In County of Hamilton v. Sloan, 387 Ill. 24, we said: "It is urged that the alleged option agreement, being merely an offer in the nature of a unilateral contract, required acceptance by the county in the manner and form provided by its terms before it could ripen into a valid bilateral agreement.Summary of this case from Morris v. Goldthorp
No. 27888. Reversed and remanded.
Opinion filed May 16, 1944.
APPEAL from the Circuit Court of Hamilton county; the Hon. ROY E. PEARCE, Judge, presiding.
M.E. BUCK, State's Attorney, W.W. DAILY, and HARRY ANDERSON, all of McLeansboro, for appellant.
GEORGE W. HOGAN, JR., and FRED W. UNDERWOOD, both of McLeansboro, and HART HART, of Benton, for appellees.
The plaintiff, the county of Hamilton, filed its complaint in the circuit court of Hamilton county seeking an accounting and specific performance of a contract covering the purchase of real estate, consisting of a bank building in McLeansboro, from defendants, A.H. Sloan, David J. Underwood and Elwood Barker, as trustees and record title holders, and numerous other defendants, described as having a possible interest in the property. To the complaint, as subsequently amended, defendants filed a motion to dismiss. This motion was sustained, plaintiff elected to stand by its pleading, and a decree was entered dismissing the complaint. A freehold being involved, a direct appeal has been prosecuted.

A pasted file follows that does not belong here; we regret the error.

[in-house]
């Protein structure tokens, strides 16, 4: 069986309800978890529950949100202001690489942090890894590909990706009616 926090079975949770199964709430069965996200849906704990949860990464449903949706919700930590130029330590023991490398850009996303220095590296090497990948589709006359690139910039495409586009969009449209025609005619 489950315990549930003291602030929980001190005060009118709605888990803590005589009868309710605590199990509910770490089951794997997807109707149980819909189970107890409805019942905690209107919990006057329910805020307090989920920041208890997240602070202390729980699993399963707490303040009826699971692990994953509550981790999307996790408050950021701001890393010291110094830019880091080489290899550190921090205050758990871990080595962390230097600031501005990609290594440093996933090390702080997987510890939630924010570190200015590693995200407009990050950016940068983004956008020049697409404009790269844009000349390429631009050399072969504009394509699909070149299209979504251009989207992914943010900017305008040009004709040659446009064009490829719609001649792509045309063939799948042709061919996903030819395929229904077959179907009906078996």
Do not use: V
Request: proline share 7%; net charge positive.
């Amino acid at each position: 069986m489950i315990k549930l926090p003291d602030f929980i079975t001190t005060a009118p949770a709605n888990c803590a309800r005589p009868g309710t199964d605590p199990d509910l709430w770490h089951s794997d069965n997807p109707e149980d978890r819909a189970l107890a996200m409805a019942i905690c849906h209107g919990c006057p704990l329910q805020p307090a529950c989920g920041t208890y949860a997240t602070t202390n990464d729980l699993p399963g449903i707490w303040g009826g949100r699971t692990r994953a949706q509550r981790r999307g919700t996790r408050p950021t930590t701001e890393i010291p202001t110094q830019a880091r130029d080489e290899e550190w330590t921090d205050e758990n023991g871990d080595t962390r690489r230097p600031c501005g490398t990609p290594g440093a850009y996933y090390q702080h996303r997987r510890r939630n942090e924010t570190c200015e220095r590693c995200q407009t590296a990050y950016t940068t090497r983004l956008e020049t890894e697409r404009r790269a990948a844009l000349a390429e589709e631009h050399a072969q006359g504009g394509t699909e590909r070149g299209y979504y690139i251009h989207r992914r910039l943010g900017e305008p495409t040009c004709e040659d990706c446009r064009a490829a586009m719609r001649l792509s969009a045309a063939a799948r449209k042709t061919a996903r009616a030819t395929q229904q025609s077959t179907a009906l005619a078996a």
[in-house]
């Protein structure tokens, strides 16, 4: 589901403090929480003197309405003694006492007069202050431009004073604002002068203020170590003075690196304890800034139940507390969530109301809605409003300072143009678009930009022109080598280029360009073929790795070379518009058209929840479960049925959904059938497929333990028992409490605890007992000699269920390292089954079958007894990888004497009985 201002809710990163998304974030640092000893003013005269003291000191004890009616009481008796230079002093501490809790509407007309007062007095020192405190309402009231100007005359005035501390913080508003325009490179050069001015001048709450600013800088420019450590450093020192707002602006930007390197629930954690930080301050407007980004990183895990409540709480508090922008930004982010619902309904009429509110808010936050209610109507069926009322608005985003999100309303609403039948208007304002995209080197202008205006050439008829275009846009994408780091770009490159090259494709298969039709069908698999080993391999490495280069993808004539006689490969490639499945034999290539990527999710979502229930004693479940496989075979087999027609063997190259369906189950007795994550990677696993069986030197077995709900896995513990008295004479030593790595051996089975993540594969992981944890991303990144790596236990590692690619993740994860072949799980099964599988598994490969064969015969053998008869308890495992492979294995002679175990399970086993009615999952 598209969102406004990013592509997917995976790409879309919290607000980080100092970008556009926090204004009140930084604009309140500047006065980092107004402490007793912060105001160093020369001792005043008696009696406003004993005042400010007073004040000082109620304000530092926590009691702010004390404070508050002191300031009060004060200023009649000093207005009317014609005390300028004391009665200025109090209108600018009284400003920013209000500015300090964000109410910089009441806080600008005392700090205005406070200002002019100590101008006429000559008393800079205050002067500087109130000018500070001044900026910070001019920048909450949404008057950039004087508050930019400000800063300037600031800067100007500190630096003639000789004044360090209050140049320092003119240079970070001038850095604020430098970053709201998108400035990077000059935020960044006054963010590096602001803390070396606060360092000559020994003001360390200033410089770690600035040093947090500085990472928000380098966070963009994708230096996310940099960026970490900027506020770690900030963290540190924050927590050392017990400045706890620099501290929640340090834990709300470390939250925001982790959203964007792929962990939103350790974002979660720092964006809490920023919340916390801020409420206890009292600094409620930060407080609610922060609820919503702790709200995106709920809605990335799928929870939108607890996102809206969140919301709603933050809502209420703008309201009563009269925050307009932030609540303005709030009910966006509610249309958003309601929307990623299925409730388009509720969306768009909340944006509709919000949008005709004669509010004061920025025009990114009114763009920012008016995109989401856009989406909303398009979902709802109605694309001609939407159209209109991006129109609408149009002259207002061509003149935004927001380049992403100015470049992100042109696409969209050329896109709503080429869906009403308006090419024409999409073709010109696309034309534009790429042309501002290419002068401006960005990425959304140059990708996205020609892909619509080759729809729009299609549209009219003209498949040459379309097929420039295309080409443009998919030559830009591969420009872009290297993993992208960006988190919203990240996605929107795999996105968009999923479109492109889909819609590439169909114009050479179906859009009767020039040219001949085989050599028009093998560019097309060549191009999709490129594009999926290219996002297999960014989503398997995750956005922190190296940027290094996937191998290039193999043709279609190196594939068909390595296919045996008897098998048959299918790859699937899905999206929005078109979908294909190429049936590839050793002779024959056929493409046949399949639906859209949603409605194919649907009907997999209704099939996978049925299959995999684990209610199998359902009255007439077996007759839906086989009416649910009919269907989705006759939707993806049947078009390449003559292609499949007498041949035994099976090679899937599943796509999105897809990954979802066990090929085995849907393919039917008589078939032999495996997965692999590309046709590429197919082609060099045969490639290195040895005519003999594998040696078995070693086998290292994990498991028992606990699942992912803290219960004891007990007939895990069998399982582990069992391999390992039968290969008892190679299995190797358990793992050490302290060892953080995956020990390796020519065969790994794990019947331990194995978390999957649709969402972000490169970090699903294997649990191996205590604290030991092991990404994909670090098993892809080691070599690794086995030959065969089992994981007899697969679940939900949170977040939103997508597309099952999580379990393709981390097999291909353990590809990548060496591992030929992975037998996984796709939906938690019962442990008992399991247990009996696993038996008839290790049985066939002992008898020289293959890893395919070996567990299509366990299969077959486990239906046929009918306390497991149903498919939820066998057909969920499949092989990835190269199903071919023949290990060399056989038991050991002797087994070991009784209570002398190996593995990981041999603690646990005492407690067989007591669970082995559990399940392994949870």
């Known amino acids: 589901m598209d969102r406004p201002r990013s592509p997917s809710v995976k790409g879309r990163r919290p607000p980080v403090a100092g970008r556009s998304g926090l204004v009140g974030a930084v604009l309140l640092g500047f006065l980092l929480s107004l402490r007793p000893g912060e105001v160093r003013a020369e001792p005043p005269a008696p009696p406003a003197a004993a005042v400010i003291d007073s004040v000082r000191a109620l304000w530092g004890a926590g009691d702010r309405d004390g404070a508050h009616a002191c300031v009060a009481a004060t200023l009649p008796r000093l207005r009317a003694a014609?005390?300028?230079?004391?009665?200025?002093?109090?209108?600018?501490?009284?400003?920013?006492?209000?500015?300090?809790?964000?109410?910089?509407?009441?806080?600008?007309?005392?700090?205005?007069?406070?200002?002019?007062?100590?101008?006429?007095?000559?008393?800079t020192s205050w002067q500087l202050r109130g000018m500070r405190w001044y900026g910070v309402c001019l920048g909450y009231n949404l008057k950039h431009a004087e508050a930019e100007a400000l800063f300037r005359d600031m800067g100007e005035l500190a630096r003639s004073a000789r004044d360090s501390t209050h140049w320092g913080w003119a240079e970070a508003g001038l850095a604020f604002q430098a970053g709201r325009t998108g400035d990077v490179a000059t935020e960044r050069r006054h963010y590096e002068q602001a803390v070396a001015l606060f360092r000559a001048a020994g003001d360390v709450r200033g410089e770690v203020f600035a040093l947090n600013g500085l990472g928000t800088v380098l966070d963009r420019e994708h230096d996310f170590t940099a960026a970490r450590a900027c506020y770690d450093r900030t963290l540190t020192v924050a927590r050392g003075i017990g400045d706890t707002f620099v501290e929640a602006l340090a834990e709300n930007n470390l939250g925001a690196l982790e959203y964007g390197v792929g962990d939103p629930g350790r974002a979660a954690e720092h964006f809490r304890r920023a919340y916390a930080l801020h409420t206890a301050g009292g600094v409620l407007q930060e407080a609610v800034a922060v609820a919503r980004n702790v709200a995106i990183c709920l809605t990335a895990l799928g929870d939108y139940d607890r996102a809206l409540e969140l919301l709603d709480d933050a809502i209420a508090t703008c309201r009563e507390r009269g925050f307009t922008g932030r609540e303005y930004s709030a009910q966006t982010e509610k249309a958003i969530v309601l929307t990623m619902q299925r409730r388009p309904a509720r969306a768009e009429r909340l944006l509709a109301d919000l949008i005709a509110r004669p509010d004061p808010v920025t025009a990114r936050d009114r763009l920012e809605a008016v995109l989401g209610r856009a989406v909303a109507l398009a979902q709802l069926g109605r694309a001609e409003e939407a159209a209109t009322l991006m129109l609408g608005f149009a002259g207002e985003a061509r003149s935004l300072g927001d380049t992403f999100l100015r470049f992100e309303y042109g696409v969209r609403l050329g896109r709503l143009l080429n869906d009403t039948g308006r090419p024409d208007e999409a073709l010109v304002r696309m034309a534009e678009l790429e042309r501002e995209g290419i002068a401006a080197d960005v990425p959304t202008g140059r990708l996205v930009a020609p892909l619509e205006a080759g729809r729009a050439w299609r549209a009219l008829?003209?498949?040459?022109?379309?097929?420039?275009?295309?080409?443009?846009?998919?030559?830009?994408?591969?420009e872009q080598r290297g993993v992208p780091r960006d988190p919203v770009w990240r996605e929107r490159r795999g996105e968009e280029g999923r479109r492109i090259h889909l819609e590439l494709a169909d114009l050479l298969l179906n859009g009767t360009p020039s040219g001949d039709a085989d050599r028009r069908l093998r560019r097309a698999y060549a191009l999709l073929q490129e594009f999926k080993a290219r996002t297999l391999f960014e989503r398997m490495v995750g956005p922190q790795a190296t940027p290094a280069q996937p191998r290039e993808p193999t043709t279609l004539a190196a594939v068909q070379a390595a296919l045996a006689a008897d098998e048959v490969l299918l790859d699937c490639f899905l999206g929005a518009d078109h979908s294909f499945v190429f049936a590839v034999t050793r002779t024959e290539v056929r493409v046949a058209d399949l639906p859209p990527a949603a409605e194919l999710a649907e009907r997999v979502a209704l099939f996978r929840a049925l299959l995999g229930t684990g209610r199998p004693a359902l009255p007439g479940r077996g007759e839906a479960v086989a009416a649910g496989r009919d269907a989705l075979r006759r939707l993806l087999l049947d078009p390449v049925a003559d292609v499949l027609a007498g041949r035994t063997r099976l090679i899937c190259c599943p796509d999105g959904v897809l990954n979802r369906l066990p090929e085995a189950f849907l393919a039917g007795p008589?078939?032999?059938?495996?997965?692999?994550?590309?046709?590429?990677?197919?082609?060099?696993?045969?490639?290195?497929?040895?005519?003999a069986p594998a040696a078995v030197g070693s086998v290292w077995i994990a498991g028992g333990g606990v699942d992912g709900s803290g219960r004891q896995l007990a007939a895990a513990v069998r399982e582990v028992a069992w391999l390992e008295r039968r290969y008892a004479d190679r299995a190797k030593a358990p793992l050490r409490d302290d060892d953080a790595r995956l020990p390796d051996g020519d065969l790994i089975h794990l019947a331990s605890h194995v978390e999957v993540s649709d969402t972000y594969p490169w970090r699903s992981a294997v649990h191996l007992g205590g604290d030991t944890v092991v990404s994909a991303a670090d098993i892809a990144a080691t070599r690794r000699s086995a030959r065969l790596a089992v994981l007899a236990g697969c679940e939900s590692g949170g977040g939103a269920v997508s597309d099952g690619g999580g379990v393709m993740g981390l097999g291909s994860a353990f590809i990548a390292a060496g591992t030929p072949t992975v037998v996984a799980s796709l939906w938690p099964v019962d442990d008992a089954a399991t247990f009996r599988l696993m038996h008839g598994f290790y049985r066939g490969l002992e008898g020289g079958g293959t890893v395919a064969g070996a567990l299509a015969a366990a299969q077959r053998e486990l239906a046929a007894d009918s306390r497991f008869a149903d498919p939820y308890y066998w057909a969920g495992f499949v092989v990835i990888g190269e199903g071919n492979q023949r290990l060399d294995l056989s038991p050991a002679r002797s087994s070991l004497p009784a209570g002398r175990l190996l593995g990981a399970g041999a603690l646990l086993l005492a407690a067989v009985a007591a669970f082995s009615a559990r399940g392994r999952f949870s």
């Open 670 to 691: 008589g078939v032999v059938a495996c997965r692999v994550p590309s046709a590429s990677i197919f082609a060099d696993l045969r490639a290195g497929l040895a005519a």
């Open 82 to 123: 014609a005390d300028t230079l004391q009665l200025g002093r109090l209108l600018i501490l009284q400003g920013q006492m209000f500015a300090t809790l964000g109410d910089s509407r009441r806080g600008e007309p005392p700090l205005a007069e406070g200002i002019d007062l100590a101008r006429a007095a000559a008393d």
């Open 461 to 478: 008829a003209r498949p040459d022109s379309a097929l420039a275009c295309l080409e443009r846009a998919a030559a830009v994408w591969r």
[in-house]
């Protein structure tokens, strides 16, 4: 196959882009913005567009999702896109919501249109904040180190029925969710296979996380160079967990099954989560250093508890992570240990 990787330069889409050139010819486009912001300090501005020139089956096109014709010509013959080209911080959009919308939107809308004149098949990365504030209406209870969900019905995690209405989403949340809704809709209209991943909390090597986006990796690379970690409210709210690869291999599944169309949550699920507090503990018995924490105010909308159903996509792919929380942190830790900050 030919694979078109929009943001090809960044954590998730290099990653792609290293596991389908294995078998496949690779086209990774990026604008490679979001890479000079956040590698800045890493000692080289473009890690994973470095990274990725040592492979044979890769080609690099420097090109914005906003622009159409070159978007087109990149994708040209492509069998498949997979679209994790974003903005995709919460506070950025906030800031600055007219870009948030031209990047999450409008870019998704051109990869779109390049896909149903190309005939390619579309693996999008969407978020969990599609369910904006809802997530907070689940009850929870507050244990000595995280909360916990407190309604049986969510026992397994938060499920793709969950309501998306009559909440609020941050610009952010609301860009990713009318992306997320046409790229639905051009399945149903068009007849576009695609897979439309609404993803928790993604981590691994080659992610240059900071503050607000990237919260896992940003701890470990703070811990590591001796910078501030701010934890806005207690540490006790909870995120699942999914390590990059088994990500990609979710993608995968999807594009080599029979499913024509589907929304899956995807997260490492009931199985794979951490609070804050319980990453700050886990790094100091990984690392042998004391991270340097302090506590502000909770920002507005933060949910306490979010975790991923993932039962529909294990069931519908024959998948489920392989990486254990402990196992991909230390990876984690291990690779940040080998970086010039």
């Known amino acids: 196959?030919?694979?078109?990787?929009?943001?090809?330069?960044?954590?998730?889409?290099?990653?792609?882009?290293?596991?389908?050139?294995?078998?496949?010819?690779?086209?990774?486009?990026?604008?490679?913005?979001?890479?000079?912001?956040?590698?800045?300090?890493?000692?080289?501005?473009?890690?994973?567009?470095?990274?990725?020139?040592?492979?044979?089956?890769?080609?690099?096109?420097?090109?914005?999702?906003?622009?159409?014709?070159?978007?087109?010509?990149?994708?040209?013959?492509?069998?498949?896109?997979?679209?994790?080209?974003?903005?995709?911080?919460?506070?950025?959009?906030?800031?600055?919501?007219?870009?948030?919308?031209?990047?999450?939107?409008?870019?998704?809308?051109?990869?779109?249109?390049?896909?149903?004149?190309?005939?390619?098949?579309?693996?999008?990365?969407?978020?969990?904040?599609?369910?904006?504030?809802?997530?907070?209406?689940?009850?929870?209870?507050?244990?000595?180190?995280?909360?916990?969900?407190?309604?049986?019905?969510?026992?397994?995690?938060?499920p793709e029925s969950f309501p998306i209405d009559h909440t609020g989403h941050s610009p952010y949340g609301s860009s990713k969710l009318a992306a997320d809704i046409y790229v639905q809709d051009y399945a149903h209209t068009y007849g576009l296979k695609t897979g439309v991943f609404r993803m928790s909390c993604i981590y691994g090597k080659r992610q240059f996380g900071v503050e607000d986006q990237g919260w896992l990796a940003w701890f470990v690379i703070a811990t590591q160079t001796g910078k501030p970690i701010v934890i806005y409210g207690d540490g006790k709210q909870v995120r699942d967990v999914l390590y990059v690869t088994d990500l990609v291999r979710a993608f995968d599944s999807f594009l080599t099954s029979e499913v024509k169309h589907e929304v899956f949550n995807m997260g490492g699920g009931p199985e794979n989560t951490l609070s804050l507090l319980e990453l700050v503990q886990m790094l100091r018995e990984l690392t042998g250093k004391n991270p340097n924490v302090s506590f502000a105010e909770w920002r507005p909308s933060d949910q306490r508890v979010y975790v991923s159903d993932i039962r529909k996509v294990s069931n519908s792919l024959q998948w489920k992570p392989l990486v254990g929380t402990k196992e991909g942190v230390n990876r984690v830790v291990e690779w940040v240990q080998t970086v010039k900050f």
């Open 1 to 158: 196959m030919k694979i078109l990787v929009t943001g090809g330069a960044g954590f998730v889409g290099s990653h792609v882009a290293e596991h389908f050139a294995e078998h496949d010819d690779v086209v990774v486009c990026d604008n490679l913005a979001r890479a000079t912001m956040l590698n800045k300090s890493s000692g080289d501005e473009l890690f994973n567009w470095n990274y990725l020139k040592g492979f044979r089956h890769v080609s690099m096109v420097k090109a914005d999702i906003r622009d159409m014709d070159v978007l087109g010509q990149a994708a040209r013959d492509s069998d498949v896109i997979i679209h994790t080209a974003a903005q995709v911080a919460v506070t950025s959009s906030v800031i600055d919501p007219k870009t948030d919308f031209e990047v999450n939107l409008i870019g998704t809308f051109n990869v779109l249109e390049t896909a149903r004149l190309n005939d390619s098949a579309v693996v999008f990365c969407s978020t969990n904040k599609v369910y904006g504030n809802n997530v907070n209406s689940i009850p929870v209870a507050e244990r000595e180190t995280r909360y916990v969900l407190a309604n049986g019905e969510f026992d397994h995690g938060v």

From the facts disclosed by the complaint, as amended, and admitted by defendants' motion to dismiss, it appears that, in 1926, Terry Sneed was elected treasurer of Hamilton county. Certain defendants and their predecessors acted as sureties upon his official bonds. In 1930, the First National Bank of McLeansboro, depositary of county funds, became insolvent. A receiver was appointed, liquidation followed and, after distributions and dividends to depositors, a deficit of $13,506.32 remained owing to the county, for which the sureties on the official bonds of Sneed became individually liable. On December 8, 1931, by receiver's deed issued pursuant to court order, defendant trustees, acting for and on behalf of the sureties, acquired title to the bank building, together with other real estate and personal property constituting assets of the defunct bank. The county of Hamilton did not, at the time, own a courthouse, and was compelled to rent a suitable building for this and other required county purposes. On December 8, 1931, the county, by resolution adopted by its board of supervisors, entered into an agreement with the trustees, on behalf of the sureties, by which the trustees agreed to place the bank building in proper condition and to lease to the county, for a period from January 1, 1932, to January 1, 1938, the second story of the building to be used for a courtroom, offices and meetings for the benefit of the public. In addition to assumption of a portion of certain maintenance expenses, the county obligated itself to pay as rent the sum of $1000 per year, in quarterly instalments of $250. The complaint alleges that the lease was entered into by the county to enable the trustees and Sneed's sureties to liquidate, without the necessity of raising cash, their obligation to the county of Hamilton, and that the county would, upon the termination of the lease, have the option of purchasing the real estate. On the same date, December 8, 1931, the board of supervisors of Hamilton county adopted a resolution authorizing the execution of an agreement with the "Trustees of Purchasers of First National Bank Building and Lot," reciting, among other things, that, upon the expiration of the lease, and upon the full payment and discharge, out of rents, issues and profits of the building, of the deficiency of moneys on deposit in the First National Bank owing on the bonds of Sneed, as county treasurer and ex officio collector, the trustees would convey to the county the real estate in controversy for a consideration of $7600 in cash. On December 15, 1942, David J. Underwood, A.H. Sloan and Elwood Barker, as "Trustees of Purchasers of First National Bank Building and Lot," prepared and filed with the county clerk, a "Notice of Partial Completion of Contract and Offer to Convey * * * to the County of Hamilton, Upon the Receipt of the Agreed Purchase Price." This notice recited payment in full of the money formerly deposited by Sneed in the First National Bank, and expressed the willingness of the trustees to complete the agreement by conveying the real estate upon receipt of the sum of $7600. Thereafter, on January 2, 1943, a resolution was adopted by the board of supervisors, recounting, among other things, the payment and discharge of the deficiency owed by the sureties on the bonds of Sneed, the tender by the trustees of the property upon the payment of $7600 in cash, and the county's acceptance of the trustees' offer so to convey. Next, is alleged the adoption of a resolution authorizing L.E. Cross, chairman of the board of supervisors, to serve a written demand and authorizing payment by him of the sum of $7600 to the trustees upon receipt of a properly executed deed. Then follow allegations as to service of the demand, January 25, 1943, upon the trustees, and the subsequent and continued refusal of the trustees to comply. Finally, plaintiff alleges its constant readiness and ability to pay, and its offer to bring the sum of $7600 into court to be paid to defendants upon delivery of a proper deed by the trustees or their successors.